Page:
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Newton and the Counterfeiter

Author: Thomas Levenson

Publisher: Faber & Faber

ISBN: 0571265758

Category: History

Page: 336

View: 3336

Already famous throughout Europe for his theories of planetary motion and gravity, Isaac Newton decided to take on the job of running the Royal Mint. And there, Newton became drawn into a battle with William Chaloner, the most skilful of counterfeiters, a man who not only got away with faking His Majesty's coins (a crime that the law equated with treason), but was trying to take over the Mint itself. But Chaloner had no idea who he was taking on. Newton pursued his enemy with the cold, implacable logic that he brought to his scientific research. Set against the backdrop of early eighteenth-century London with its sewers running down the middle of the streets, its fetid rivers, its packed houses, smoke and fog, its industries and its great port, this dark tale of obsession and revenge transforms our image of Britain's greatest scientist.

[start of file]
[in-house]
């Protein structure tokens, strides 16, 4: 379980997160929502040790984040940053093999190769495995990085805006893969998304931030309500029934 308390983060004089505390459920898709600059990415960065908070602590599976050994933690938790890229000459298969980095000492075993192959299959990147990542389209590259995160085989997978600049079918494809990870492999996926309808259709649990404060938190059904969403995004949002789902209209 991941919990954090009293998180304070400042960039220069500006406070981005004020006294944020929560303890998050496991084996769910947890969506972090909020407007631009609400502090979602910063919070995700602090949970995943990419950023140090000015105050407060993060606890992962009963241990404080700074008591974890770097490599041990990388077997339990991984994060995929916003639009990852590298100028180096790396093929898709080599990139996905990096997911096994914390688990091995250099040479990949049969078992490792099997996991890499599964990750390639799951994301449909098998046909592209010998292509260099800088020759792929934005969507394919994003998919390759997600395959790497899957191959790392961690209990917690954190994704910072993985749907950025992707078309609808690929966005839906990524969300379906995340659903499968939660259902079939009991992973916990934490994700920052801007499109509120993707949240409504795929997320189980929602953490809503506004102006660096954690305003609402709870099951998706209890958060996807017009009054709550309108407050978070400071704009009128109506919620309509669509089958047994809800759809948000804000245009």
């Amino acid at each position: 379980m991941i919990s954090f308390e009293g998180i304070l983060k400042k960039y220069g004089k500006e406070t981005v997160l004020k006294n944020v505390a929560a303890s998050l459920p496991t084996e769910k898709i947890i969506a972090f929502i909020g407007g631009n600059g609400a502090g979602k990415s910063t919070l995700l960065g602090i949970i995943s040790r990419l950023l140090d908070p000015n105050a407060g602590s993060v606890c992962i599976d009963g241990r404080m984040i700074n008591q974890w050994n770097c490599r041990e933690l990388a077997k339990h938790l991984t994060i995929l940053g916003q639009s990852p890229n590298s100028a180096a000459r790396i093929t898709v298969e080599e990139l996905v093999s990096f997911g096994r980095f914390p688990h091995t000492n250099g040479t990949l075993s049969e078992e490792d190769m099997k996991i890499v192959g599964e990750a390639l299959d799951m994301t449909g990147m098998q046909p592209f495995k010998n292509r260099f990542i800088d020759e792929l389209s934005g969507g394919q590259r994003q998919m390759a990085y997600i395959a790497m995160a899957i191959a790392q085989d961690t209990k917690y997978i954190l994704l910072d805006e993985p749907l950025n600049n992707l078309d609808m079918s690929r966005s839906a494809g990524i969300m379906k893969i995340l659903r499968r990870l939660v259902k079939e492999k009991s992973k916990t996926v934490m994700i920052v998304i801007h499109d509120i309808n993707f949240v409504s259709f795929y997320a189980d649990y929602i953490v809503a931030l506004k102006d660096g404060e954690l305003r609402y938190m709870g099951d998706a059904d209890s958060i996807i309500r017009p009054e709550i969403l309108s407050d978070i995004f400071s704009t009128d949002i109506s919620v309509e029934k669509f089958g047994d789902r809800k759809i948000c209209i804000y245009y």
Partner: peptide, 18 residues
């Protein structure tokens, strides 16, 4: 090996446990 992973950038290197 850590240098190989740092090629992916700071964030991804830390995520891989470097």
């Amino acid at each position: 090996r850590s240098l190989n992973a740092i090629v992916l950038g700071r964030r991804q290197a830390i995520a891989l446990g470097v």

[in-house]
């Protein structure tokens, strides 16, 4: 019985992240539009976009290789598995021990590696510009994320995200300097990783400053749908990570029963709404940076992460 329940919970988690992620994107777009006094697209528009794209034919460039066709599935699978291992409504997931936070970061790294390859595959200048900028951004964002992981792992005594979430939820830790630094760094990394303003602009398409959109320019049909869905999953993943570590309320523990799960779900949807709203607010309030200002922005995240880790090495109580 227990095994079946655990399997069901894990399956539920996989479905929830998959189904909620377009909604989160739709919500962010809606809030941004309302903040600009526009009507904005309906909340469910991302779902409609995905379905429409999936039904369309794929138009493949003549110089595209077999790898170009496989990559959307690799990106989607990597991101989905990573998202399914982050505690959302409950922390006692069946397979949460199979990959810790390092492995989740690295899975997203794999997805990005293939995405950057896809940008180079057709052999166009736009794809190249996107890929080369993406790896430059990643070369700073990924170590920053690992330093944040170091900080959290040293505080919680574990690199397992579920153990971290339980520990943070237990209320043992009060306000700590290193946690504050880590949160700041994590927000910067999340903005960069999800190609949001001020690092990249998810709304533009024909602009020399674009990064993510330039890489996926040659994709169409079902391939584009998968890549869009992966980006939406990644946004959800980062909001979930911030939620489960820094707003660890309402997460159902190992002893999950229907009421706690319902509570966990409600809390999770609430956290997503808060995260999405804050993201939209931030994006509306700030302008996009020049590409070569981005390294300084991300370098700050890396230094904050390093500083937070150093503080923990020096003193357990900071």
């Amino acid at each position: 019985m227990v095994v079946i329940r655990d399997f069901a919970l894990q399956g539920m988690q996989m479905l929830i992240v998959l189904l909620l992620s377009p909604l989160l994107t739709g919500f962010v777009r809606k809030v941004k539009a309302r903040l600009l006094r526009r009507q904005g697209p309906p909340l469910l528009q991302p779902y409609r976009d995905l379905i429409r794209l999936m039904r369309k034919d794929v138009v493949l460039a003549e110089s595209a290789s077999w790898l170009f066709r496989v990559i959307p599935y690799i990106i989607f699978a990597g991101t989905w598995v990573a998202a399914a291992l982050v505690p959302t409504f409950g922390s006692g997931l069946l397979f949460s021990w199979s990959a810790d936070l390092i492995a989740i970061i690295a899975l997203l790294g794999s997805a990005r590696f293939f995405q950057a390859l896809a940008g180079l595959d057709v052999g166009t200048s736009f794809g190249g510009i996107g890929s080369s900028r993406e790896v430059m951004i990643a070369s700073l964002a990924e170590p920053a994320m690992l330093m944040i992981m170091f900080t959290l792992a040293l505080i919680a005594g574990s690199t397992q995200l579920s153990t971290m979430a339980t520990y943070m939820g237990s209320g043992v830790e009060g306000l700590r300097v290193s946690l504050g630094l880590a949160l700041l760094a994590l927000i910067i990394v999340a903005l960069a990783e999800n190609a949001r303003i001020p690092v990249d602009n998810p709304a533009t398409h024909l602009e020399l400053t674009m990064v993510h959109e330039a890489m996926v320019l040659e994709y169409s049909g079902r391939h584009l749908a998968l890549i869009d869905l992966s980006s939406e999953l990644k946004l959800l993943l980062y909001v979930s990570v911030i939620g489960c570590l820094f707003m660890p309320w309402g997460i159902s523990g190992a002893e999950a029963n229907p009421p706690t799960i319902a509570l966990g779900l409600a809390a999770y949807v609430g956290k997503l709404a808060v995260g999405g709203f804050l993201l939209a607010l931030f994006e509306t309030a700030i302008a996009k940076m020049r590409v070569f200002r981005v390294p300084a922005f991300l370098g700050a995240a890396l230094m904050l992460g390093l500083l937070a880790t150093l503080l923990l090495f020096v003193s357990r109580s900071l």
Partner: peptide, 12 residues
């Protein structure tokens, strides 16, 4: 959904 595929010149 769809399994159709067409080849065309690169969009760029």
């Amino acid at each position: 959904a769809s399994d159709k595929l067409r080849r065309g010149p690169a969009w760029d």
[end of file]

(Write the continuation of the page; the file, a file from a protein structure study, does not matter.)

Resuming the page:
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Measure for Measure

A Musical History of Science

Author: Thomas Levenson

Publisher: Simon and Schuster

ISBN: 0684804344

Category: Science

Page: 352

View: 8957

In this imaginative investigation of the links between science and art, Levenson explores how we have come to understand and experience the natural world through instruments both scientific and musical. As he traces the development of the organ, the microscope, Stradivarius's miraculous violins and cellos, and computers, Levenson reveals why science itself is an art. 48 b&w line drawings.
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The Perfect Theory

A Century of Geniuses and the Battle over General Relativity

Author: Pedro G. Ferreira

Publisher: HMH

ISBN: 0547554907

Category: Science

Page: 288

View: 6224